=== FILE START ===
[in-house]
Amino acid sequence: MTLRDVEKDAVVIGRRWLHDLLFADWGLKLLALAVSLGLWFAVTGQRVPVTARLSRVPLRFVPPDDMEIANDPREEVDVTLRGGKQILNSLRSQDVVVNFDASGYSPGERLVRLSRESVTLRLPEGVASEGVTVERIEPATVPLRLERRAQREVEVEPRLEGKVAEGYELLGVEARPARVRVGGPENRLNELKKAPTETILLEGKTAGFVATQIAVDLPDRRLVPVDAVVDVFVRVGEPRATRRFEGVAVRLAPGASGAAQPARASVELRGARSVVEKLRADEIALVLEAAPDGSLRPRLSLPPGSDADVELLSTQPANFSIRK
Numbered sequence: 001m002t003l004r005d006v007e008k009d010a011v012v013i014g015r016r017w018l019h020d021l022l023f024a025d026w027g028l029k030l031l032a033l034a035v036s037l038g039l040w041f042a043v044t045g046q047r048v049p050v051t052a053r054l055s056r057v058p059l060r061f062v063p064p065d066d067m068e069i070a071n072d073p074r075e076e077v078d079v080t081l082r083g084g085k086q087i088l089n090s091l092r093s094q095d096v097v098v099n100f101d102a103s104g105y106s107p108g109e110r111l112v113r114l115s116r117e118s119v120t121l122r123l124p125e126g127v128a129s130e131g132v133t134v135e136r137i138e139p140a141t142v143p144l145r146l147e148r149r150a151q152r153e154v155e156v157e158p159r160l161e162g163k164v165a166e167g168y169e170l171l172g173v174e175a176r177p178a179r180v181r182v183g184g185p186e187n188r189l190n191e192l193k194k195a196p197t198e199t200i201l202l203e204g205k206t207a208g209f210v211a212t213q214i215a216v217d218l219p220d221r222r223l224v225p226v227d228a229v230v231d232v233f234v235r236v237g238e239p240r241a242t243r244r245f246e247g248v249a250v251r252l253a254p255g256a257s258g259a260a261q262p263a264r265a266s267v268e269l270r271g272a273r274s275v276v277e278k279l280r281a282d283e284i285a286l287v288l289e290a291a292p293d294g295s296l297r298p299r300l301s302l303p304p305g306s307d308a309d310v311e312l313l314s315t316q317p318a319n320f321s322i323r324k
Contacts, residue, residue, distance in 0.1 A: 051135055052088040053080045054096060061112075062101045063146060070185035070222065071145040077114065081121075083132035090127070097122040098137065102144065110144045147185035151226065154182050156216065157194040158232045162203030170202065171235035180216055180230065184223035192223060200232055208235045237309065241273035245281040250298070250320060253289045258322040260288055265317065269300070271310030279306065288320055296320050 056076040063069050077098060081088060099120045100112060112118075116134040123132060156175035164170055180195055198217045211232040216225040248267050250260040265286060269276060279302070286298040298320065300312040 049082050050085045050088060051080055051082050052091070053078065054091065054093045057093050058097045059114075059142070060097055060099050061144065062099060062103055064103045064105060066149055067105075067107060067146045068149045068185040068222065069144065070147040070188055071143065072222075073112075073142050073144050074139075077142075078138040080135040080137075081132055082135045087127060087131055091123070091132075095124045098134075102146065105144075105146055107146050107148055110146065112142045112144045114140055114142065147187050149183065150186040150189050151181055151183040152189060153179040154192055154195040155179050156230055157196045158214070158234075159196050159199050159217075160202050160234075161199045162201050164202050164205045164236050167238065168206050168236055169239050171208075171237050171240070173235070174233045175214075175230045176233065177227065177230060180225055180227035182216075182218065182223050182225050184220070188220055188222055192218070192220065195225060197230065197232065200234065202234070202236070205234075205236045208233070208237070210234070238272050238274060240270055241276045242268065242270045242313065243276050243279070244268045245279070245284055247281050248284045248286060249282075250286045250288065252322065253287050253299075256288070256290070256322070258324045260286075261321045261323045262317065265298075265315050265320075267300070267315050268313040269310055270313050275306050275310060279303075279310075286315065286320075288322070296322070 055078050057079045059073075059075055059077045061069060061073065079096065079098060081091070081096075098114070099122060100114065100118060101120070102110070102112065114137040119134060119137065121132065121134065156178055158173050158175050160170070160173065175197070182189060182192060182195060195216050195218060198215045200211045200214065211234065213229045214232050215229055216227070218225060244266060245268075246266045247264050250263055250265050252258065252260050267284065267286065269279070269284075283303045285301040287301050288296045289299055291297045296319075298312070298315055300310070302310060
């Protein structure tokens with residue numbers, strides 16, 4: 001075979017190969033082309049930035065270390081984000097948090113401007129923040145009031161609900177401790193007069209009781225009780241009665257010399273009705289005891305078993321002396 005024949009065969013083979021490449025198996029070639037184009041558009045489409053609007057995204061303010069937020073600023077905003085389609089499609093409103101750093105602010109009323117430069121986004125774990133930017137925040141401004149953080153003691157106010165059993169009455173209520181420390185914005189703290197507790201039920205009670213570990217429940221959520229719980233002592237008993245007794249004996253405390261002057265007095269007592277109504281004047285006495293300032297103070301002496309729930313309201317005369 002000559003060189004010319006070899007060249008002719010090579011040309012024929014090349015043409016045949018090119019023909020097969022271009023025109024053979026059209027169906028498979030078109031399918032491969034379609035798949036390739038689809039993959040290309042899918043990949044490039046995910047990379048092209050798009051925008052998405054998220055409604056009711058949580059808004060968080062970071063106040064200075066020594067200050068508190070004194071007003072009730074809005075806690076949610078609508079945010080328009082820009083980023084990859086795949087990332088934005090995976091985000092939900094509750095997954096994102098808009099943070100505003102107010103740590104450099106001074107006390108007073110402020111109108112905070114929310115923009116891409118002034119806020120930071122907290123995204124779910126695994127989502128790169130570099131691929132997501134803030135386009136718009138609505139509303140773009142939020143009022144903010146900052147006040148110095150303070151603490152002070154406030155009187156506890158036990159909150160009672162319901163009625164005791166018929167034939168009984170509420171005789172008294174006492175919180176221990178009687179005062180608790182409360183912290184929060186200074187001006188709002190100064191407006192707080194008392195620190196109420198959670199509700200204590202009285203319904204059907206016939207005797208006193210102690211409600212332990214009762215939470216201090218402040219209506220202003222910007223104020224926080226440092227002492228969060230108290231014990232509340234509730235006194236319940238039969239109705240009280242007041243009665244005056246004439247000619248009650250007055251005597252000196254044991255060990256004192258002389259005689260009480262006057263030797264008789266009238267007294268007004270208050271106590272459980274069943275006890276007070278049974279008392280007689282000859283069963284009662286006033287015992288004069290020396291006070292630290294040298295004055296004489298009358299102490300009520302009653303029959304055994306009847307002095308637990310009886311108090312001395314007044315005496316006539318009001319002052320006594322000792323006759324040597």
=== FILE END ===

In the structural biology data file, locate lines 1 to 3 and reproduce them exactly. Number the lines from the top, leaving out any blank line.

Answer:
[in-house]
Amino acid sequence: MTLRDVEKDAVVIGRRWLHDLLFADWGLKLLALAVSLGLWFAVTGQRVPVTARLSRVPLRFVPPDDMEIANDPREEVDVTLRGGKQILNSLRSQDVVVNFDASGYSPGERLVRLSRESVTLRLPEGVASEGVTVERIEPATVPLRLERRAQREVEVEPRLEGKVAEGYELLGVEARPARVRVGGPENRLNELKKAPTETILLEGKTAGFVATQIAVDLPDRRLVPVDAVVDVFVRVGEPRATRRFEGVAVRLAPGASGAAQPARASVELRGARSVVEKLRADEIALVLEAAPDGSLRPRLSLPPGSDADVELLSTQPANFSIRK
Numbered sequence: 001m002t003l004r005d006v007e008k009d010a011v012v013i014g015r016r017w018l019h020d021l022l023f024a025d026w027g028l029k030l031l032a033l034a035v036s037l038g039l040w041f042a043v044t045g046q047r048v049p050v051t052a053r054l055s056r057v058p059l060r061f062v063p064p065d066d067m068e069i070a071n072d073p074r075e076e077v078d079v080t081l082r083g084g085k086q087i088l089n090s091l092r093s094q095d096v097v098v099n100f101d102a103s104g105y106s107p108g109e110r111l112v113r114l115s116r117e118s119v120t121l122r123l124p125e126g127v128a129s130e131g132v133t134v135e136r137i138e139p140a141t142v143p144l145r146l147e148r149r150a151q152r153e154v155e156v157e158p159r160l161e162g163k164v165a166e167g168y169e170l171l172g173v174e175a176r177p178a179r180v181r182v183g184g185p186e187n188r189l190n191e192l193k194k195a196p197t198e199t200i201l202l203e204g205k206t207a208g209f210v211a212t213q214i215a216v217d218l219p220d221r222r223l224v225p226v227d228a229v230v231d232v233f234v235r236v237g238e239p240r241a242t243r244r245f246e247g248v249a250v251r252l253a254p255g256a257s258g259a260a261q262p263a264r265a266s267v268e269l270r271g272a273r274s275v276v277e278k279l280r281a282d283e284i285a286l287v288l289e290a291a292p293d294g295s296l297r298p299r300l301s302l303p304p305g306s307d308a309d310v311e312l313l314s315t316q317p318a319n320f321s322i323r324k